## Introduction

After Phase II, we discovered that Numpy wasn’t going to help. Also, getting a half way decent approximation of Pi was going to take millions of paths / attempts. So on a slimmed down calculation where the [x,y] position of each random try was not kept, what could be done to make this as quick and accurate as possible?

### Multi-Processing?

Can I use the 16 Cores on my machine to go 16X faster? Am I being naiive here? If I am, how and what is the most that can be done? I would like to see if the infamous G.I.L will Get me Into Logjam or not.

#### First Attempt [Disaster]

```from multiprocessing import Pool
import os

num_cpus = os.cpu_count()
print('Num of CPUS: {}'.format(num_cpus))

try:
pool = Pool(num_cpus) # on 8 processors
data_outputs = pool.map(calc_pi_quick, )
print (data_outputs)
finally: # To make sure processes are closed in the end, even if errors happen
pool.close()
pool.join()
```

Disappointingly, not only is it not any quicker; in fact, doesn’t finish running AT ALL.

Awkward, lets look at why that is happening first?

• I quite like Medium Articles and this one seems to hit the spot.
• Also this from StackOverflow

#### Second Attempt

```from random import random

def calc_pi_quick(num_attempts: int) -> float:
from random import random

inside = 0

for _ in range(num_attempts):
x = random()
y = random()

if x ** 2 + y ** 2 <= 1:
inside += 1

return 4 * inside / num_attempts

def multi_calc_pi(num_attempts: int, verbose=False) -> float:
from multiprocessing import Pool
from random import random
import os
from statistics import mean

# lets leave one spare for OS related things so everything doesn't freeze up
num_cpus = os.cpu_count() - 1
# print('Num of CPUS: {}'.format(num_cpus))

try:
attempts_to_try_in_process = int(num_attempts / num_cpus)
pool = Pool(num_cpus)
# what I am trying to do here is get the calc happening over n-1 Cpus each with an even
# split of the num_attempts. i.e. 150 attempts over 15 CPU will lead to 10 each then the mean avg
# of the returned list being returned.
data_outputs = pool.map(calc_pi_quick, [attempts_to_try_in_process] * num_cpus)
return mean(data_outputs)
finally:  # To make sure processes are closed in the end, even if errors happen
pool.close()
pool.join()
```

To get multiprocessing to work on Jupyter Notebooks and Windows 10, I had to save this code to a different file to be called from the Jupyter Notebook, and executed within __main__. However once I did, this did lead to a significant performance increase.

#### Collect the Stats

```import calcpi
from timeit import default_timer as timer
from datetime import timedelta
import matplotlib.pyplot as plt

if __name__ == '__main__':

num_attempts = [50, 500, 5_000, 50_000, 500_000, 5_000_000, 50_000_000]
multi_timings = []
single_timings = []

for x in num_attempts:

start = timer()
multi_pi = calcpi.multi_calc_pi(x)
end = timer()
multi_timings.append((end-start))
print("MultiCarlo Pi: {}: {} took {}".format(multi_pi, x, timedelta(seconds=end-start)))

start = timer()
pi = calcpi.calc_pi_quick(x)
end = timer()
single_timings.append((end-start))
print("MonteCarlo Pi: {}: {} took {}".format(pi, x, timedelta(seconds=end-start)))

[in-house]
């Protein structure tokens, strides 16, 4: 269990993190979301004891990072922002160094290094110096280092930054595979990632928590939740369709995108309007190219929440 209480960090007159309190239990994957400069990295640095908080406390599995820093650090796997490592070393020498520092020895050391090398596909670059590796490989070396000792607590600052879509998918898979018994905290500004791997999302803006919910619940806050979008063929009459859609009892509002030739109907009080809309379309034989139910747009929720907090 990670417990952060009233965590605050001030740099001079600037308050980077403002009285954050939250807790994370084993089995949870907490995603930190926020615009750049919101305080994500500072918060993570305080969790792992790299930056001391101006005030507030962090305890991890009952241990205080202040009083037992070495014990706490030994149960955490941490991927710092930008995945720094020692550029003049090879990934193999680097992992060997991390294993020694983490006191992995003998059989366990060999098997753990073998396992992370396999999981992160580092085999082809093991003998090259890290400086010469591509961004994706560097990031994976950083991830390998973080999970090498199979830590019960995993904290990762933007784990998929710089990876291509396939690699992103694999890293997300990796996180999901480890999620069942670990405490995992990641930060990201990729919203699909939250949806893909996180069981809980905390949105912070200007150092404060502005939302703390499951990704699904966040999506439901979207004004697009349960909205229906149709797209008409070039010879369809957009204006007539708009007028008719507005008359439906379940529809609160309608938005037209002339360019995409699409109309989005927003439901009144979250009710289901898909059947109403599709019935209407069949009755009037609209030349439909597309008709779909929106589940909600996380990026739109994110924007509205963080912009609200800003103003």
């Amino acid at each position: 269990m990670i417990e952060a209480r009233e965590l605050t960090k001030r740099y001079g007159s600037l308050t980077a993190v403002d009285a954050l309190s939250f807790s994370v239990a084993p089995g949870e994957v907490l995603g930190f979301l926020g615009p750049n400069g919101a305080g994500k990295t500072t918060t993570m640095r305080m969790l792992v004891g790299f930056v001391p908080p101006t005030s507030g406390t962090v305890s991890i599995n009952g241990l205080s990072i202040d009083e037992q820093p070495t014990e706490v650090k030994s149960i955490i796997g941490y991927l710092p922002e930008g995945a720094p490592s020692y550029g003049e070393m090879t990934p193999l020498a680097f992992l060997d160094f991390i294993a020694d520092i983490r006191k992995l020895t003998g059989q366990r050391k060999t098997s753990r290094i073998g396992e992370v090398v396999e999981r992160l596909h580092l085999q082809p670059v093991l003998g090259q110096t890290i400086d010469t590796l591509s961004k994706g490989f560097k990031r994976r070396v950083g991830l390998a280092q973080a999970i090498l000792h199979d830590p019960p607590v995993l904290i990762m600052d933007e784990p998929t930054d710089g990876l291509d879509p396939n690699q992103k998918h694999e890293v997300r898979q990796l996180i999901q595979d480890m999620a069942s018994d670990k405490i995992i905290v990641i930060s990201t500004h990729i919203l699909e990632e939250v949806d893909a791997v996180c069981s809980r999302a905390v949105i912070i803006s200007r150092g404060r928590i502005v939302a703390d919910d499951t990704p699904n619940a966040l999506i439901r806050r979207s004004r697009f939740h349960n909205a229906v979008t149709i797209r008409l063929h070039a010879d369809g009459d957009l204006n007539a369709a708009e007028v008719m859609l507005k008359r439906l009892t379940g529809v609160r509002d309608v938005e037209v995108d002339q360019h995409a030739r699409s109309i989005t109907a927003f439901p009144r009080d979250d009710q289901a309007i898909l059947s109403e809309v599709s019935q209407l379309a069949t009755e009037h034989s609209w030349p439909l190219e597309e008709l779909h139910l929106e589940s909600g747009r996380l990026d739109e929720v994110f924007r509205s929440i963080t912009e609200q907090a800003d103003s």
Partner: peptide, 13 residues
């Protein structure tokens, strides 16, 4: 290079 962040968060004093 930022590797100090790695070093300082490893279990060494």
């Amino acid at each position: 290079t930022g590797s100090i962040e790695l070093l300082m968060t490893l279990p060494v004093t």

plt.plot(num_attempts, multi_timings)
plt.plot(num_attempts, single_timings)

plt.show()
```

#### Display the stats in a more meaningful way

```import plotly.graph_objects as go

import numpy as np

# lets pretty this up so the axis label is more readable
x_axis = ['{:,}'.format(x) for x in num_attempts]

fig = go.Figure(data=[
go.Bar(name='Multi Process', x=x_axis, y=multi_timings),
go.Bar(name='Single Process', x=x_axis, y=single_timings)
])
# Change the bar mode
fig.update_layout(xaxis_type='category',barmode='group')
fig.show()
```

Early on in the exponentially increasing simulation size, the overhead of creating the Pool, asking the os for CPU count the splitting the attempts up to the pool seemed to result in a floor of 0.4s. However, at that level the Pi value returned was nonsense anyway. So I think the overhead for any reasonable approximation of Pi is worth the set up cost in this case.

### Baby, can I get your Numba?

Can we go even further? I think we could give Numba a try.

After some research and reading around the internet for a day or so while avoiding Covid-19 I found out it is incredibly simple.

#### 4 little chars that change everything. @jit

```from random import random
from numba import njit, jit

@jit
def calc_pi_numba(num_attempts: int) -> float:
inside = 0

for _ in range(num_attempts):
x = random()
y = random()

if x ** 2 + y ** 2 <= 1:
inside += 1

return 4 * inside / num_attempts
```

That is it. Just one import and one teensy little decorator and we are away. How does this stack up agianst my mighty multi monte carlo from earlier though?

#### Lets get some timings

```import calcpi
from timeit import default_timer as timer
from datetime import timedelta
import matplotlib.pyplot as plt
import plotly.graph_objects as go

if __name__ == '__main__':

num_attempts = [50, 500, 5_000, 50_000, 500_000, 5_000_000, 50_000_000]
function_list = [calcpi.calc_pi_quick, calcpi.calc_pi_numba, calcpi.multi_calc_pi]
results_dict = {}

for func in function_list:

timings = []

for x in num_attempts:

start = timer()
pi = func(x)
end = timer()
timings.append((end-start))
# print("{} => Pi: {} Attempts: {} Time: {}".format(func.__name__, pi, x, timedelta(seconds=end-start)))

results_dict[func.__name__] = timings

go_data = []
# lets pretty this up so the axis label is more readable
x_axis = ['{:,}'.format(x) for x in num_attempts]

for func in function_list:

plt.plot(num_attempts, results_dict[func.__name__])

go_data.append(go.Bar(name=func.__name__, x=x_axis, y=results_dict[func.__name__]))

plt.show()

fig = go.Figure(data=go_data)
# Change the bar mode
fig.update_layout(xaxis_type='category',barmode='group')
fig.show()

```

Results visulisation